Aatma is soul cinema. A mere ghost movie is passe and so the fine actor Nawazuddin Siddiqui plays Abhay, deceased. Bipasha Basu plays Maya, animate—and divorced from him. Before his sudden demise, Abhay had expressed unhappiness with the divorce proceedings, particularly the granting of custody of his daughter Niya to Maya.
To correct this perceived unfairness, Abhay’s aatma turns up to take possession of little Niya. Needless to say, this is in complete violation of court orders. The judge had granted him visiting rights to his daughter for only an hour every weekend, and here he is, almost every day, at all odd hours, talking to Niya (Doyel Dhawan), spoiling her silly and telling her what a bad mummy she has.
Presumably, the internal logic of director Supam Verma’s narrative is to show how the divorce of parents tears kids apart, and how sometimes one or both parents use their children in devious ways to settle scores. This could have been an interesting theme, if developed reasonably.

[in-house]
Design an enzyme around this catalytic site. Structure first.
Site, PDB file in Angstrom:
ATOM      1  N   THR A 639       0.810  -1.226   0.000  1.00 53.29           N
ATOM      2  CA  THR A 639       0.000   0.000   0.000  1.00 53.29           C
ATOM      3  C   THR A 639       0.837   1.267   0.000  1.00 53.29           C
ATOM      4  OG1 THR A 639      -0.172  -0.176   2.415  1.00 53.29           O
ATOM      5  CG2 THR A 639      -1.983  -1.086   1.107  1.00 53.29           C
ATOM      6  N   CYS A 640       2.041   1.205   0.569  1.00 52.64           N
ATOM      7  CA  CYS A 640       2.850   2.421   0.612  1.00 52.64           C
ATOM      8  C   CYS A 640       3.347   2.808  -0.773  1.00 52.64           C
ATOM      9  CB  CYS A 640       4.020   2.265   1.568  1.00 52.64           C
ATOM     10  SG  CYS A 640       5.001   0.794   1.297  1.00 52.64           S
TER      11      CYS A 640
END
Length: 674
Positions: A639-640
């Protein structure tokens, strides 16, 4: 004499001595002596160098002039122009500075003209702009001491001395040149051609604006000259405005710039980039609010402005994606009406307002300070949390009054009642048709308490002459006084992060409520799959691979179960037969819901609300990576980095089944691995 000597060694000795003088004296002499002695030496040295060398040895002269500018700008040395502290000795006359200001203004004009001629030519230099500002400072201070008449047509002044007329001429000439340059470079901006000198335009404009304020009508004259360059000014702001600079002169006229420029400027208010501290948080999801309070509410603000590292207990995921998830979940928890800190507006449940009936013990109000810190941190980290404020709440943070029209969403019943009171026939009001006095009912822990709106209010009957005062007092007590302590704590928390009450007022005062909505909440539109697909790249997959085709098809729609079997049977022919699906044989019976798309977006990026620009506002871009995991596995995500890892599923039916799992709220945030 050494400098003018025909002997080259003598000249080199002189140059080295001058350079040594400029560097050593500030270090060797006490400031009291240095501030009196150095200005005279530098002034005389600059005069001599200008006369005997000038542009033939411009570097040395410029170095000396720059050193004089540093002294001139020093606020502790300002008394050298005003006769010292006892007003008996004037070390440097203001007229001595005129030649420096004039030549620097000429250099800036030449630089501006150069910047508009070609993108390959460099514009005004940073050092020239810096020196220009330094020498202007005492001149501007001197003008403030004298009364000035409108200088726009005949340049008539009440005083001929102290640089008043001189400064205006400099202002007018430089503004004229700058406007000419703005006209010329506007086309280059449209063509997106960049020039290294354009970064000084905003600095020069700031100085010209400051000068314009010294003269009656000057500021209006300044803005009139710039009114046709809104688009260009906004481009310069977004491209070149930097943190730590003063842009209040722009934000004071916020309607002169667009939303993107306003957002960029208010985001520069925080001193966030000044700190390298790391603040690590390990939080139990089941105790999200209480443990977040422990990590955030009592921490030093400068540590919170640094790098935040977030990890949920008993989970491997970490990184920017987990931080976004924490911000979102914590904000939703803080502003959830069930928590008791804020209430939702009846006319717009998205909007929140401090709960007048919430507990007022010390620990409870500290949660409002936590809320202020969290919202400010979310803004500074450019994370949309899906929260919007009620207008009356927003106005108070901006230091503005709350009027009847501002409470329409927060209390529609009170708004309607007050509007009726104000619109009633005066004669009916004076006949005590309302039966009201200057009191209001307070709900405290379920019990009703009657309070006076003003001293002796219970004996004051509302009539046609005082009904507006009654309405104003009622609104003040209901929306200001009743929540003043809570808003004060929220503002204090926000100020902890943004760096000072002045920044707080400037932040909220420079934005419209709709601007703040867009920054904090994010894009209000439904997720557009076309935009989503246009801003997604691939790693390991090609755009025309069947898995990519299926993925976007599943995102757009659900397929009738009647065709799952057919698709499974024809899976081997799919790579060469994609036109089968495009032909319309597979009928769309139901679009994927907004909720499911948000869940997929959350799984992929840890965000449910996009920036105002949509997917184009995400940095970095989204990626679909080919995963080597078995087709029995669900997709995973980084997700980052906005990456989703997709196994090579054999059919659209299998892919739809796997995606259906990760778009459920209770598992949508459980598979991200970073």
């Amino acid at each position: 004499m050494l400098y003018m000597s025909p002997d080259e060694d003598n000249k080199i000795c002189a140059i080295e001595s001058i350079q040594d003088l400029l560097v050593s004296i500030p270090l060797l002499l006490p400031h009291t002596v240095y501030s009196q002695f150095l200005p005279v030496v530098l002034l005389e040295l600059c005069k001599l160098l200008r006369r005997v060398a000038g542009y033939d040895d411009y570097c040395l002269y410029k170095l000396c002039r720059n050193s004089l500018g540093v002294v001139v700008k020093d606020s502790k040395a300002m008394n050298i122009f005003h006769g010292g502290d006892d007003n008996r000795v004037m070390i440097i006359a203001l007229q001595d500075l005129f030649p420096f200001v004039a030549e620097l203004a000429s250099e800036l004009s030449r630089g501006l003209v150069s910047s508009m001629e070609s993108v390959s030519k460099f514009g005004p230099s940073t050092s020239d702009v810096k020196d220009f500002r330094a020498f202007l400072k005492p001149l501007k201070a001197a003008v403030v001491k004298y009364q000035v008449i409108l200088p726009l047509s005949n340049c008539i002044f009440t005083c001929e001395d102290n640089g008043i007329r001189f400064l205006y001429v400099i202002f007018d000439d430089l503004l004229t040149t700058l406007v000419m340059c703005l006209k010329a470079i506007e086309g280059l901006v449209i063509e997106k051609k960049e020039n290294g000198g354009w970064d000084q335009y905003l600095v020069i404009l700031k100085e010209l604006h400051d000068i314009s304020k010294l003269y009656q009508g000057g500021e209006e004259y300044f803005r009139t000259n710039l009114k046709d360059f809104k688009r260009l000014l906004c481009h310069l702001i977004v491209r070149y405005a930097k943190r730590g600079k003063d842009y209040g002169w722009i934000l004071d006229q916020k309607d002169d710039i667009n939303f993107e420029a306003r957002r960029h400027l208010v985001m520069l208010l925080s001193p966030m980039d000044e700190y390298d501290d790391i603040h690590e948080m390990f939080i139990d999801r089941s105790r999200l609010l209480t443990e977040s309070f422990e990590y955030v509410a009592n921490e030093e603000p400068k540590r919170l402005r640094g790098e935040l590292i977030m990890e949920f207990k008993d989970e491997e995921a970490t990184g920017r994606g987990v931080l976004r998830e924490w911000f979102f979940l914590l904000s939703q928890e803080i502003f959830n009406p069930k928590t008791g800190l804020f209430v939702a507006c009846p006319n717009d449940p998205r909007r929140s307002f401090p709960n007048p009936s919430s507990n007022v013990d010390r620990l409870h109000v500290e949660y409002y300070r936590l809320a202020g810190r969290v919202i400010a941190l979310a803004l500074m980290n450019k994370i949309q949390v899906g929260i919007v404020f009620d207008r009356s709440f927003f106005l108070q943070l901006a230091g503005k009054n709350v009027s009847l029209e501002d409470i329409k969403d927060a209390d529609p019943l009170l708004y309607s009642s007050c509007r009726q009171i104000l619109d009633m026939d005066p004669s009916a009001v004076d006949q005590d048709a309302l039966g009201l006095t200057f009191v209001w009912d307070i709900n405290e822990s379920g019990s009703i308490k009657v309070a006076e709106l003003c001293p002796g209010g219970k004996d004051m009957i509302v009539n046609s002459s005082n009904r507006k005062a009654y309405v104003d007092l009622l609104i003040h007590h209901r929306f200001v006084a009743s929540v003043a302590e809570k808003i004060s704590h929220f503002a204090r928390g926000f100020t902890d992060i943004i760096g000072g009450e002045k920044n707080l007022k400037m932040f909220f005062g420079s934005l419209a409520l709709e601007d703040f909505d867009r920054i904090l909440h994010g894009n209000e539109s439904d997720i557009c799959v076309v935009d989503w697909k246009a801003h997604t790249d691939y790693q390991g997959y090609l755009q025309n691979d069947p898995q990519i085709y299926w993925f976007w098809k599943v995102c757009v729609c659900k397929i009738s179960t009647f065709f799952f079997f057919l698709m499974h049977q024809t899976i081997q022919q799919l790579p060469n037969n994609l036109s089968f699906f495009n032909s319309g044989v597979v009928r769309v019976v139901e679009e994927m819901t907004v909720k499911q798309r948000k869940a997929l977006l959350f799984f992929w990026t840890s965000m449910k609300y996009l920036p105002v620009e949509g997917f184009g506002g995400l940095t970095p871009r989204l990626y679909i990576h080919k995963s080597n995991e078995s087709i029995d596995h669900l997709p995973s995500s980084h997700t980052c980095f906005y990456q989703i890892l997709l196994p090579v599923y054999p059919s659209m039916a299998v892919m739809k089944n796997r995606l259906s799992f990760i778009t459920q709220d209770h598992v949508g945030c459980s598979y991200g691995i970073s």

But the film doesn’t just stop at the aatma moving furniture around and communicating with Niya on video and telephone. There is a long queue of ‘enemies’ waiting to be bumped off, including a classmate who teases Niya, a strict teacher, a child counsellor, and so on. It has to be said, however, with some trepidation, that when the aatma finally does away with his former mother-in-law (Shernaz Patel), there is an unhealthy glee with which the deed is done. No doubt there is a message here for us all.
Eventually, the evil aatma ends up caught between the devil and the deep blue sea. In order to gain eternal custody of his daughter, he will have to devise a way to bring her to the after-life. But by this time the film is spinning out of orbit and has lost all bearing of sense. A movie that starts off with a few genuine moments of fright ends up as a laughably bad ghost story.